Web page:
OTTAWA — Gun owners whose weapons end up banned under a proposed sweeping new firearms bill could be eligible for compensation, Public Safety Minister Marco Mendicino said Friday, as the Liberals work to contain political pushback over their latest efforts to regulate guns.
Whether newly banned guns would qualify for a buyback program already in the works for those banned by the federal government in 2020 has been among the questions swirling in the contentious debate around its new gun bill, known as C-21.
While the bill started off as a proposed law to institute a handgun freeze and other firearms-control measures, late last month it morphed into something much larger: a law that would lay out an evergreen definition of what technical specifications should get a gun banned in Canada and a massive new list specifying which firearms will now be banned.
The Opposition Conservatives called the move to add those provisions via “sneaky” amendments, and an effort to ban nearly every rifle or shotgun in Canada, while the New Democrats have called the proposals an “overreach” that came out of nowhere.
The Liberals had said the amendments were coming when the bill was originally tabled in May. On Friday, Mendicino pushed back against the idea that by choosing that legislative path, the government was deliberately avoiding scrutiny, arguing there has been a robust national debate over the scope and size of Canada’s gun laws for years.
“This is not a new concept, to be clear,” he said.
What’s also frustrated gun owners and their advocates is the fact that after the 2020 ban, some bought weapons they believed were going to remain legal, only to have the government now seek to ban them, lending credence to their fears that despite saying otherwise, it is hunters the government wants to attack.
“They’ve said that, ‘We respect hunters, we’re not coming after them.’ That’s seven years of lies,” said Conservative public safety critic Raquel Dancho.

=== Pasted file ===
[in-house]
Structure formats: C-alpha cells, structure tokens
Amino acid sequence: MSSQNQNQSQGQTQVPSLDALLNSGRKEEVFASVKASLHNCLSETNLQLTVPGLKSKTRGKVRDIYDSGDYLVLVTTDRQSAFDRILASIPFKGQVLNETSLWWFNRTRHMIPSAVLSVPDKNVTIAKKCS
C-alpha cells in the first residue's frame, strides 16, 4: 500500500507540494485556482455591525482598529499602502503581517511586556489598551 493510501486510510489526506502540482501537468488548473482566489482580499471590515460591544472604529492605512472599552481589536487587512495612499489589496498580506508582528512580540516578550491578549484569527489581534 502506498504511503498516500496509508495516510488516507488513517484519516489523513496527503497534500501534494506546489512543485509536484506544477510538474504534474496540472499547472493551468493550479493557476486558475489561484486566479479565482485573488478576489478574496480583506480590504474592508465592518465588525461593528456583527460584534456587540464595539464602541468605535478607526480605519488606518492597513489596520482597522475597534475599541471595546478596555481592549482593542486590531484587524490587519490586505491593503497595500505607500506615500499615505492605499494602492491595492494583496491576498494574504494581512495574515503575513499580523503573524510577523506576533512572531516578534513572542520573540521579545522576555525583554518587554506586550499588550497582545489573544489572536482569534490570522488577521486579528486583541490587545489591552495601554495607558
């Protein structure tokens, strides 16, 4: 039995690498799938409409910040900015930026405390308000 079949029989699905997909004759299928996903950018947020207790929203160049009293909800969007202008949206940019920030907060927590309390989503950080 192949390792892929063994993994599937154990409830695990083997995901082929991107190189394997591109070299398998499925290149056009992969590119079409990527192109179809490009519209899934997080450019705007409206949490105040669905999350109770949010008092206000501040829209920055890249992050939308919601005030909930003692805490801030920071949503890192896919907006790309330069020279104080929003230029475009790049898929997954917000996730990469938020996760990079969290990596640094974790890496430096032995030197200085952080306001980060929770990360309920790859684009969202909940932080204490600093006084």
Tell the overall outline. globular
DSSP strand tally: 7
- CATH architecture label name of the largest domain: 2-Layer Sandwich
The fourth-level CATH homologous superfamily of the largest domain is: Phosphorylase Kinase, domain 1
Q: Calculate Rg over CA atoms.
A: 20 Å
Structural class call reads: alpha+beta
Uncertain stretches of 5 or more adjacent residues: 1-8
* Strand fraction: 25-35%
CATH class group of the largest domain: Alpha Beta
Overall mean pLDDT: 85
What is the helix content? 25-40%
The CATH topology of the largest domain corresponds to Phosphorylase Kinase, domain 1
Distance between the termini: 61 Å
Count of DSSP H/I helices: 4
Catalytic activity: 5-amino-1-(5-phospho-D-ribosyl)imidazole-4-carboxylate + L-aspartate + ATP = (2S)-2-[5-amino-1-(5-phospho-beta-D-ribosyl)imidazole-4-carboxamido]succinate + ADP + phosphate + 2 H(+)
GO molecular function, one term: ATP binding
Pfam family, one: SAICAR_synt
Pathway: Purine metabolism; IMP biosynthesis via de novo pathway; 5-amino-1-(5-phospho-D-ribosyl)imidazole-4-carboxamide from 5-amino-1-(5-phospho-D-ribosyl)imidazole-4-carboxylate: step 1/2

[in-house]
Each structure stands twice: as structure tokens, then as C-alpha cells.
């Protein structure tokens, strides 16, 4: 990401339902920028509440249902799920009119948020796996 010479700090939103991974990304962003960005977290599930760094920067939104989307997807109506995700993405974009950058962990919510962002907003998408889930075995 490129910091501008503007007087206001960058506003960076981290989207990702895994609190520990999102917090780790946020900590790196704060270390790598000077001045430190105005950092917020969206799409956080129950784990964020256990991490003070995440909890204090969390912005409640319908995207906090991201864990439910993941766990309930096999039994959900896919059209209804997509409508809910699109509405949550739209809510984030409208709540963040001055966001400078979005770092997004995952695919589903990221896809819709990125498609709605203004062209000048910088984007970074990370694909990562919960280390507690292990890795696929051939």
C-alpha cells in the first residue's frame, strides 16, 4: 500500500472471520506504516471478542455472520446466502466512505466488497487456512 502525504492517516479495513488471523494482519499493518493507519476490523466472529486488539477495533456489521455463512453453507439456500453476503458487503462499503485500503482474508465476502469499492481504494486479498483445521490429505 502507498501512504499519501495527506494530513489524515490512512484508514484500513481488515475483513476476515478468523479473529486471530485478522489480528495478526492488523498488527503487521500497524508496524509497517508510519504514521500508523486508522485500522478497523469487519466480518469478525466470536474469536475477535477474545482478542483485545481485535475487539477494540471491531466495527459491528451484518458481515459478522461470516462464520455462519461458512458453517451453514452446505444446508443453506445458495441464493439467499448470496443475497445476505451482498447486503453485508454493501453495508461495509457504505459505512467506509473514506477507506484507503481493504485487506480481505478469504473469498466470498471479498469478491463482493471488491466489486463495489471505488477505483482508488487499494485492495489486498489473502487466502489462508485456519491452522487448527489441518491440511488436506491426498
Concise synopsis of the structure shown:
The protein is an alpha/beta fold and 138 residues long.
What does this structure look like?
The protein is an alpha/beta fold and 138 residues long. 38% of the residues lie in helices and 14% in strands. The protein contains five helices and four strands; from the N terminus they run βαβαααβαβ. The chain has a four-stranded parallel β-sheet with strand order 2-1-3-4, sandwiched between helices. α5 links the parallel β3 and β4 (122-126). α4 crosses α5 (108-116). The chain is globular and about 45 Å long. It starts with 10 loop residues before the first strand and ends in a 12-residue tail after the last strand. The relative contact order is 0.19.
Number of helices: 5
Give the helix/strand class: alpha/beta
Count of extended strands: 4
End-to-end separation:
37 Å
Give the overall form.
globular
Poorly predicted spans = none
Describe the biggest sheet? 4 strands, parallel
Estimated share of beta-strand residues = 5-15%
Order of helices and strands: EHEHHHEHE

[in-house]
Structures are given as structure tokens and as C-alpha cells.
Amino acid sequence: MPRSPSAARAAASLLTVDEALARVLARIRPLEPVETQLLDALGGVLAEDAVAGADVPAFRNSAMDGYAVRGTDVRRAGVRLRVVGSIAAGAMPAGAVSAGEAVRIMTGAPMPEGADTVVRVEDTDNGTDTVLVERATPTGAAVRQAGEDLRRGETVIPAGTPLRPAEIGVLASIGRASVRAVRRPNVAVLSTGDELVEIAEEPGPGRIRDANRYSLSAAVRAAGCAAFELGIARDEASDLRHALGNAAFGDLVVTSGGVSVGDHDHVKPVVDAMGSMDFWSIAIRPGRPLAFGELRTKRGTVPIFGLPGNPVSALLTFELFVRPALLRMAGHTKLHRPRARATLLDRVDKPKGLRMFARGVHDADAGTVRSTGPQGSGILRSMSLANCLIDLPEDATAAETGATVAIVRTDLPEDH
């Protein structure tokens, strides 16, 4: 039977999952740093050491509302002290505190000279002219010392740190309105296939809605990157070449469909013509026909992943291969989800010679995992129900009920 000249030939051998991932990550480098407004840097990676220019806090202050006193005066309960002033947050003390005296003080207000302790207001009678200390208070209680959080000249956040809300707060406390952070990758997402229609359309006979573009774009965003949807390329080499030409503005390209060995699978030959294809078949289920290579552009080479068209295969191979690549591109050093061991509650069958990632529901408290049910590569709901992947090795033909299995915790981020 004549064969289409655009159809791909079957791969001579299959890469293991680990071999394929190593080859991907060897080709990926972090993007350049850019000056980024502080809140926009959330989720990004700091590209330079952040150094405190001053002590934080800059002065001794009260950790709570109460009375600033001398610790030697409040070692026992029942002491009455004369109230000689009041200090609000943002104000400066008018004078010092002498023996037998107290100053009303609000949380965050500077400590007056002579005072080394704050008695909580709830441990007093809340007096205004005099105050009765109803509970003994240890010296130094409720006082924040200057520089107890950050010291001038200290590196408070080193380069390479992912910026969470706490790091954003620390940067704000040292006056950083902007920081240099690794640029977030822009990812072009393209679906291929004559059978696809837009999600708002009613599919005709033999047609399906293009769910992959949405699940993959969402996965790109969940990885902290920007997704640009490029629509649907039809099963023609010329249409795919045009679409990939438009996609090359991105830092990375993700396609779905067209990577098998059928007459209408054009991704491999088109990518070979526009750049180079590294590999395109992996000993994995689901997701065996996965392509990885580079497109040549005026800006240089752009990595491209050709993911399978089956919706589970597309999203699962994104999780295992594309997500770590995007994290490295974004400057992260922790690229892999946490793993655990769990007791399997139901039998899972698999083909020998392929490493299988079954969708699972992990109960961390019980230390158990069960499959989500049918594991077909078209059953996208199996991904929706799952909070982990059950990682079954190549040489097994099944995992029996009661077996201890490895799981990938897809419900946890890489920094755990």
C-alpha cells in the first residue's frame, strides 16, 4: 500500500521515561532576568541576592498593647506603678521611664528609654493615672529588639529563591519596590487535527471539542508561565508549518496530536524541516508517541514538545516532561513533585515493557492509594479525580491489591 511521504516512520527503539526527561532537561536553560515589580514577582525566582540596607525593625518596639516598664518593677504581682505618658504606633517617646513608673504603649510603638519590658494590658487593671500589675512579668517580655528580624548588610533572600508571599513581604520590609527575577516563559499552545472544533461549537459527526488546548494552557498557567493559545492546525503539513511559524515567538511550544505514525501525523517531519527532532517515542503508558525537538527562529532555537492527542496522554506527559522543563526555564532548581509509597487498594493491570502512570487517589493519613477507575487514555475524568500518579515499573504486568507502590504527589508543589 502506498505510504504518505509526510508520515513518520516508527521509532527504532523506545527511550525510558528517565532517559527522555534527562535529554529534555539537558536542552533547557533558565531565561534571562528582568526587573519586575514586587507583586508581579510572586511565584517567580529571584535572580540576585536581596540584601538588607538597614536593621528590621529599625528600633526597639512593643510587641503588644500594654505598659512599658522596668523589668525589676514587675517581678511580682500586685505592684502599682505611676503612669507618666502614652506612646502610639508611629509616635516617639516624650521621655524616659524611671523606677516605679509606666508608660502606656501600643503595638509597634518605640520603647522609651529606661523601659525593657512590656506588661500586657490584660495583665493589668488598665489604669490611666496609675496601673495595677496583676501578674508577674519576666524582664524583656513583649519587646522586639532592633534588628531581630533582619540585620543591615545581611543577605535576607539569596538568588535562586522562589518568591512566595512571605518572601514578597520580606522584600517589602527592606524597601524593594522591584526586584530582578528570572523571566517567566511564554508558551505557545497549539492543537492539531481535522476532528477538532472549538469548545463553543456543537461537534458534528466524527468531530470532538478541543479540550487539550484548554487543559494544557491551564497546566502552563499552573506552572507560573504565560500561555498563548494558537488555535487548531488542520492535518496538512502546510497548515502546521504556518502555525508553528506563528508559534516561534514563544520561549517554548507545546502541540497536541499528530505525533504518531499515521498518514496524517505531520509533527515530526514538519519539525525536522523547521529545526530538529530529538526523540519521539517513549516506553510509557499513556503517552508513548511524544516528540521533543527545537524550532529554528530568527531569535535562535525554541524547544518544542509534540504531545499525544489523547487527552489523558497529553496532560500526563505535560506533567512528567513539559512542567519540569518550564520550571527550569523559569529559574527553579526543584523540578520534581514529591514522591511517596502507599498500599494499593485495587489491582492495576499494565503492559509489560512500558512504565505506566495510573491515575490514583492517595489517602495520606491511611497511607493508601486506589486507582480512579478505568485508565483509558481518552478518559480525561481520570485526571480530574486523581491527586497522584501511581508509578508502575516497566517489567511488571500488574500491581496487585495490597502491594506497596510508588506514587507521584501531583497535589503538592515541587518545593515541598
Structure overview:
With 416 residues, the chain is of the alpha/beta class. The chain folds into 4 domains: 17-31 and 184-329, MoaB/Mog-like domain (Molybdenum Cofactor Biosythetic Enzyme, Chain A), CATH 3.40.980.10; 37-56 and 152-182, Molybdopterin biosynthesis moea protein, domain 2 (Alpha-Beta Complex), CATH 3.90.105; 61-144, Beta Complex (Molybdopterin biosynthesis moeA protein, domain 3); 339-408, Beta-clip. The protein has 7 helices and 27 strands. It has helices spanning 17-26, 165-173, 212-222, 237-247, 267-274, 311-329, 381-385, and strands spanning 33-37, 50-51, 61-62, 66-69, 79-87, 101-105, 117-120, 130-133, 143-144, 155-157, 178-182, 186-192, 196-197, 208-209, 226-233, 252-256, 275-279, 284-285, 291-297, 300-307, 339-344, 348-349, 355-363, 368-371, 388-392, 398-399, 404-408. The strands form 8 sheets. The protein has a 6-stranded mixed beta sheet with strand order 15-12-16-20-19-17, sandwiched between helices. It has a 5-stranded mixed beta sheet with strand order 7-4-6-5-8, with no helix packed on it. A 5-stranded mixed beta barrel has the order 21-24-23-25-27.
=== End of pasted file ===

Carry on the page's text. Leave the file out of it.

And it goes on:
Mendicino said the Liberals are trying to cut through the “noise” being created by the Conservatives on the proposed ban, which he said is deliberate misinformation designed to sow fear.
One principle of the 2020 ban was that Canadians ought to be compensated if their legally owned firearms were outlawed, he said, and the same principle should apply this time.
“We have not yet made a final decision on that because we do not yet know what the final outcome of either the amendments or the bill is,” Mendicino said, “but it is very important to me that we are seen to be fair and equitable to law-abiding gun owners.”
The Canadian Coalition for Firearm Rights says the proposed amendment, as well as the new evergreen definition, would add “several million” additional rifles and shotguns to the list of weapons now banned in Canada.
The new ban would include the SKS, a semi-automatic rifle that was used in the recent fatal shootings of two Ontario police officers.
That gun wasn’t on the May 2020 order-in-council that deemed upwards of 1,500 “assault-style” rifles and variants illegal. It is estimated there are millions of SKS rifles in Canada as they are a relatively inexpensive military weapon from the 1950s that later became popular with hunters.
But Mendicino said just because that gun wasn’t included in the 2020 list doesn’t mean it should not be banned now.
“Guns that were designed for wartime, for the battlefield, have no place in our communities. That is the concept of this government,” he said.
“It is the intent of this government to focus on those guns and not hunting rifles.”
But the fact that widely used hunting rifles like the SKS are among those potentially being sheltered caught even some non-traditional critics of the government’s gun agenda — the New Democrats — off guard.
With their amendments, the Liberals are inflaming political divides in the country and pitting rural Canadians against their urban neighbours, said NDP MP Charlie Angus.
“They have to restore trust with Canadians, both urban and rural, that they’re doing the right thing,” said Angus, who represents the northern Ontario riding of Timmins-James Bay.
“I think they made some serious mistakes with this amendment and they have to fix it.”
Liberals have been increasingly bleeding political support in rural pockets of the country to the NDP and Conservatives.
Mendicino spent part of the day on the phone Friday with hunting groups in one of the few pieces of Liberal turf with a rural constituency, the Quebec riding of Pontiac, assuring them that the guns they prize aren’t being caught up in the bill.
But when it comes to gun control issues, it’s also a politically delicate topic for the New Democrats.
In 2011, two NDP MPs were punished by the party’s then interim-leader after they voted with the Conservative government of the day to abolish the long-gun registry, which was reviled in parts of the country including their own ridings, but supported by the New Democrats.
One of the MPs, Bruce Hyer, eventually quit the NDP caucus to sit as an Independent. He joined the Greens before losing his seat in the 2015 election to the Liberals.
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